21 years ago Lynette Grace was attacked by her friend’s son, Johnny. In the same attack Johnny killed his own mother. 20 years later Lynette has met and formed a close bond with him. You can contact Lynette at firstname.lastname@example.org.
When my mother died suddenly I flew into town to attend her funeral and stayed the night with a friend from my old church who had been like a mother to me. Around 6am the following morning I was woken by an argument she was having with her 16-year-old son, Johnny. I heard her scream his name; then there was silence. I got up out of bed to investigate what was going on and finally found my friend covered in blood lying face down on the floor. Her son was standing nearby and I demanded to know what had happened. He said he didn’t know and then suddenly he began stabbing me. The first hit I took was to the side of my face. And then something happened that I have never experienced before.
While Johnny was stabbing me a voice was telling me what to do next. When he stabbed me on the side of my face and my glasses fell off, I was told to make him think you can see him. When he stabbed me in the chest (which later needed 14 stitches), I was told to calm him down so I began to comfort him in a quiet soothing voice saying ‘Johnny, everything is going to be okay’. With his arms raised about to strike me again, the last instruction I received was to go. When I heard the last of the three instructions, I turned around, unlocked the back door and started running down the street in my pajamas, barefoot and bleeding.
20 years later, in 2010, I discovered that Johnny was going to be paroled. For years I had wanted to talk to him about why he stabbed his mother that day, and why, without provocation, he stabbed me. I knew that a month prior to the attack he had been under house arrest for stealing cars but there was so much I didn’t know and I wanted those questions answered. I needed to talk to him before he left prison, so I wrote a letter asking if I could visit him and he agreed.
It had been two decades since I had last seen him. The round faced chubby little 16-year-old teenager had grown into a tall, slender, well groomed man who had obtained facial hair along the way. What was I going to say to him after all these years? When I went into the visiting room and found him amongst all the inmates, I sat down across from him, with a little square wooden table separating us, and extended my hand. ‘Hi, do you remember me?’ I said. He said ‘yes, you still look the same,’ and started telling me about prison life. Initially we evaded the conversation about what had happened on that fateful morning, but eventually I got up the courage and asked, ‘why did you stab your mother?’ Johnny then explained that he had been talking to his girlfriend off and on throughout the night but his mother did not want him on the phone because he was under house arrest. Early that morning he had disobeyed her request and she’d caught him on the phone again. They began to argue and the argument escalated into him killing her. When I asked him why he stabbed me without provocation he simply said because he was scared.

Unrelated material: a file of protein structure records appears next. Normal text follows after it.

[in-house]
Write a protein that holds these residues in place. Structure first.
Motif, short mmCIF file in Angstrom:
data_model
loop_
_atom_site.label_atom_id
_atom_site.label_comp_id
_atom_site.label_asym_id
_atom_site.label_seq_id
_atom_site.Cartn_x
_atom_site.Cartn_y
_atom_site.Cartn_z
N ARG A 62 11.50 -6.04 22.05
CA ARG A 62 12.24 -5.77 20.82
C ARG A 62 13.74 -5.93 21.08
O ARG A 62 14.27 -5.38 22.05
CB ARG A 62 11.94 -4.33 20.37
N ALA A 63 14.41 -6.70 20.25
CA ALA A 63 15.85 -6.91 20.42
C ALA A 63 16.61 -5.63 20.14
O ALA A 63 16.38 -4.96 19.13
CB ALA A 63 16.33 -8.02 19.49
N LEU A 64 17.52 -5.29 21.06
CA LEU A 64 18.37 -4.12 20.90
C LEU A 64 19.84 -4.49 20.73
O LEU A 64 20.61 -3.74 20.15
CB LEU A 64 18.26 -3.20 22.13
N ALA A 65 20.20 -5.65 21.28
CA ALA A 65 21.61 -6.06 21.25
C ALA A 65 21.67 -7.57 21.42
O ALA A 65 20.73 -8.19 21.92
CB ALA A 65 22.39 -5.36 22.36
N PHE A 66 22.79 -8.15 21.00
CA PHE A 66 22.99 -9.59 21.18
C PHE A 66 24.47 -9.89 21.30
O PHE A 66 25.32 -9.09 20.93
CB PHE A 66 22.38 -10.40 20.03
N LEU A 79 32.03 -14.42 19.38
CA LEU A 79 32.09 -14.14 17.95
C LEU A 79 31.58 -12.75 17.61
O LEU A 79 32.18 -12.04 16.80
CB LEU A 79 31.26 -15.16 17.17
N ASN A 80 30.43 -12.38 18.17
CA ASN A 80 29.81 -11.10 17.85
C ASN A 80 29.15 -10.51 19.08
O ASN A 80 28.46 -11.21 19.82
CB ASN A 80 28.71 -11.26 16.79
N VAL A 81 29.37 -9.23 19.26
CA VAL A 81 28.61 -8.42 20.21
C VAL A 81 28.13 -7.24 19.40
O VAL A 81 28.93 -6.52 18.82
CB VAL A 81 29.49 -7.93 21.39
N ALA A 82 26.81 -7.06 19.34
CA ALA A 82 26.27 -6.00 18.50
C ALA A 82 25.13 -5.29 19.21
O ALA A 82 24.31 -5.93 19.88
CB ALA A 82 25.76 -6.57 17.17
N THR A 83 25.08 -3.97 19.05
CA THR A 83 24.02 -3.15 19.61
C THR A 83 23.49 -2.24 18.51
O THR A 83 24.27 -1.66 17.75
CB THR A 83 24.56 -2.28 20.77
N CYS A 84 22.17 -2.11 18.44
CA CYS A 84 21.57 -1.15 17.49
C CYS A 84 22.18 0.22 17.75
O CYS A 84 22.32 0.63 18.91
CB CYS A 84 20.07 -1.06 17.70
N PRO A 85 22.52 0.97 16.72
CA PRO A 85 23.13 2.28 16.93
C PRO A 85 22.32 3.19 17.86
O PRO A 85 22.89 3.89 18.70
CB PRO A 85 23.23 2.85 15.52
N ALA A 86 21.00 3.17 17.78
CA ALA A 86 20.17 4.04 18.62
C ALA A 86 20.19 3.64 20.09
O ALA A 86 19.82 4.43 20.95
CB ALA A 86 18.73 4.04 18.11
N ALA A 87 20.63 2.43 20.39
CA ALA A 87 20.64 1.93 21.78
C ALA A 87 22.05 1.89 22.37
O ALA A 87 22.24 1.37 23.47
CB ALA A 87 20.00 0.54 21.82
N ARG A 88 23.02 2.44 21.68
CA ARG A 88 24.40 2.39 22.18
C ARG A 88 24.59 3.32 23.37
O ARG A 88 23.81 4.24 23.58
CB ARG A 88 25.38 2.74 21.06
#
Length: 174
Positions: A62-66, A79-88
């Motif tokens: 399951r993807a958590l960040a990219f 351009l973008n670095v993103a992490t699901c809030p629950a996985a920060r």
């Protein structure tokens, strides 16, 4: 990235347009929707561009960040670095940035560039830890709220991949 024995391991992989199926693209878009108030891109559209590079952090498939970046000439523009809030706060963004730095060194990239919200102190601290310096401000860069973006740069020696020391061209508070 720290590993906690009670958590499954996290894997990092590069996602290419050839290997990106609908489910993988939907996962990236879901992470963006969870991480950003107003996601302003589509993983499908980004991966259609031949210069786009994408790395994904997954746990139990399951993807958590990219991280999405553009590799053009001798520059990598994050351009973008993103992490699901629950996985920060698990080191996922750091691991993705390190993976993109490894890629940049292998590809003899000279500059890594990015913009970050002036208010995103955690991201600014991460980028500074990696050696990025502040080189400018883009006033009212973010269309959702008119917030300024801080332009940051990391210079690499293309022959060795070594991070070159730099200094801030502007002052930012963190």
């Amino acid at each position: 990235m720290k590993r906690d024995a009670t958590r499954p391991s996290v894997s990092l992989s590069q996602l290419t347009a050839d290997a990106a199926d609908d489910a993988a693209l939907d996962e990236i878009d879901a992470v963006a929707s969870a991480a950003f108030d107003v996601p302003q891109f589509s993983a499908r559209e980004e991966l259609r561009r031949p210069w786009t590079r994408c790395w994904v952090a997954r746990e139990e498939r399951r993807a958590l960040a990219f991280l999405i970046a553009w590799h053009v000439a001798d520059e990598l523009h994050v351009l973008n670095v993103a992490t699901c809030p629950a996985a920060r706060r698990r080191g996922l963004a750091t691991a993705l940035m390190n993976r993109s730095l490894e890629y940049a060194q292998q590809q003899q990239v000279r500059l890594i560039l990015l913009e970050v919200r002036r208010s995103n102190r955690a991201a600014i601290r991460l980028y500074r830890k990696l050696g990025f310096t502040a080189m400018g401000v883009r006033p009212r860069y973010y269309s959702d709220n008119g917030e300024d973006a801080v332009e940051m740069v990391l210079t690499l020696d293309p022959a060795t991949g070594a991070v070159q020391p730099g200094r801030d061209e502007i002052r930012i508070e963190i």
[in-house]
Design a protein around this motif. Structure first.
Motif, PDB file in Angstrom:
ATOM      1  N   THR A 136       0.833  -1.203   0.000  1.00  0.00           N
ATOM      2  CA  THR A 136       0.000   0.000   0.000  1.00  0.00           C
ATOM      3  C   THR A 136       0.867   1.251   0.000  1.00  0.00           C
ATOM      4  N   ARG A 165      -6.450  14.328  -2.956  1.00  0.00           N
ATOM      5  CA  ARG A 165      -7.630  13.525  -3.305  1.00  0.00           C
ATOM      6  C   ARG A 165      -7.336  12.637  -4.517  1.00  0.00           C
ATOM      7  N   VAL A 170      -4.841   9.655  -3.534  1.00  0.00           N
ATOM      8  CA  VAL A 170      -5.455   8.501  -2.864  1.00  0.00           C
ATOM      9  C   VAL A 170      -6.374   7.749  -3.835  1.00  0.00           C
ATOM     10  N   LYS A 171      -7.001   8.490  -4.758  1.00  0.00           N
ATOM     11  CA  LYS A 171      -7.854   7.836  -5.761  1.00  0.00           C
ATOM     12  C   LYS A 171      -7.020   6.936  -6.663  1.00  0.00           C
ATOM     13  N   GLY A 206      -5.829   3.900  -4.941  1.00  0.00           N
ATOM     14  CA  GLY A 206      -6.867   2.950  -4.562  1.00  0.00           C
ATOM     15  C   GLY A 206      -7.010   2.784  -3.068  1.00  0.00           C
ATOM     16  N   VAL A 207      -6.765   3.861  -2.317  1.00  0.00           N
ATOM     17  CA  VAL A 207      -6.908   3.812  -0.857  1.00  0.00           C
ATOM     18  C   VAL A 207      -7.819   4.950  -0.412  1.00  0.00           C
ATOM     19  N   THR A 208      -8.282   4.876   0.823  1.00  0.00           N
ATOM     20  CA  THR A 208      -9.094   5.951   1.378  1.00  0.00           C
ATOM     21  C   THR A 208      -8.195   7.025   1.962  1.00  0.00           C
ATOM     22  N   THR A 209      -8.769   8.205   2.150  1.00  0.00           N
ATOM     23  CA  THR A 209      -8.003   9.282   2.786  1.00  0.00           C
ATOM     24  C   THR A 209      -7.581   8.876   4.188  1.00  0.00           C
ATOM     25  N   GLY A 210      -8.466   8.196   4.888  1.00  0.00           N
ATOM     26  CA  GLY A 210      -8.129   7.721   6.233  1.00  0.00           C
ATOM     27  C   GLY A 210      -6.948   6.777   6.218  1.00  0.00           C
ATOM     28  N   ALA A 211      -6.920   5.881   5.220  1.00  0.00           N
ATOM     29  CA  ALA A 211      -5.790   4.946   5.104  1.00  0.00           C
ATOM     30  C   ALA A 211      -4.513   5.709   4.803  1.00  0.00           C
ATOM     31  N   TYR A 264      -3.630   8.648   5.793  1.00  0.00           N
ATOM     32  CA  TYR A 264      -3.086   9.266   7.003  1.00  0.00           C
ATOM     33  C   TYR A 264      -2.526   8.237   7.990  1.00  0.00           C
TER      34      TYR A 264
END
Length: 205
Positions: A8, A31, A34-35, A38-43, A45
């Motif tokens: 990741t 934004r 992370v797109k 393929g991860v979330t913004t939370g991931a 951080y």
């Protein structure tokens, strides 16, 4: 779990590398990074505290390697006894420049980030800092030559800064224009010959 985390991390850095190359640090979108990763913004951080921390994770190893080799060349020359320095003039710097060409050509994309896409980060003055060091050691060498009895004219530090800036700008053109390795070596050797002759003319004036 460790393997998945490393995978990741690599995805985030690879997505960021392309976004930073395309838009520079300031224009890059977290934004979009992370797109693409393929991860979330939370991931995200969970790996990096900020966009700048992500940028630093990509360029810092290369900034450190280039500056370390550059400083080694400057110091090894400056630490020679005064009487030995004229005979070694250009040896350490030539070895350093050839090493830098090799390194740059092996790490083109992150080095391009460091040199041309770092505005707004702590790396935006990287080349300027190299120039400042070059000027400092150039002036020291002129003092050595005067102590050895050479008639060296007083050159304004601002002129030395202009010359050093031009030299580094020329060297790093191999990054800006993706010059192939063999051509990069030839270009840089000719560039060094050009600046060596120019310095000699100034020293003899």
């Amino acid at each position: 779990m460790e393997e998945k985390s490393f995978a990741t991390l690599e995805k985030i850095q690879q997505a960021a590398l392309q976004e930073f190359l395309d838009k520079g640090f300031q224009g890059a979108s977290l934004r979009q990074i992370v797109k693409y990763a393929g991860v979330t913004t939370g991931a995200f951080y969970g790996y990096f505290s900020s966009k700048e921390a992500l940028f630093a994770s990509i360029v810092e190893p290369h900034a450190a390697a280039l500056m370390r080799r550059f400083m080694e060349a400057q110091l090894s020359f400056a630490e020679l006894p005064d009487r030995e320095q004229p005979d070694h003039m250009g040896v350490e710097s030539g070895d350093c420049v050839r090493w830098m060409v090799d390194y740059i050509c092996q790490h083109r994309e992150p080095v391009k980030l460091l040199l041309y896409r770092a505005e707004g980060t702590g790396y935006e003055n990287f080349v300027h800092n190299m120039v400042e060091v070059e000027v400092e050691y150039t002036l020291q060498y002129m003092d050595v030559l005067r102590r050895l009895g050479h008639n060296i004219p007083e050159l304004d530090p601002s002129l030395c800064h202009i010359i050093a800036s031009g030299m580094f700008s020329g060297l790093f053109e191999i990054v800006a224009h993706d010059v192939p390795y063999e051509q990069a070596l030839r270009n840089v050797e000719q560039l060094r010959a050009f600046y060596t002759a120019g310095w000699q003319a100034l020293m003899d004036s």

In visiting and talking to Johnny I discovered he wasn’t the monster I thought he was going to be. He cried more than I did and asked for my forgiveness. I didn’t hesitate to forgive him. But why did I forgive him? Simply because he asked for my forgiveness. He said my visiting him had caused him finally to be able to forgive himself and to heal as well.
Years earlier I had watched an interview with Bill Clinton while he was being interrogated during the Monica Lewinski case. A reporter asked if he could ever forgive Monica for what happened. Mr. Clinton said ‘how can I expect forgiveness if I myself do not forgive’. That to me was a true statement and stuck with me over the years.
Ever since then I have been searching for my purpose for surviving the attack. My mission now is to work with Johnny to offer a story of healing, forgiveness and restoration in the hope of inspiring others.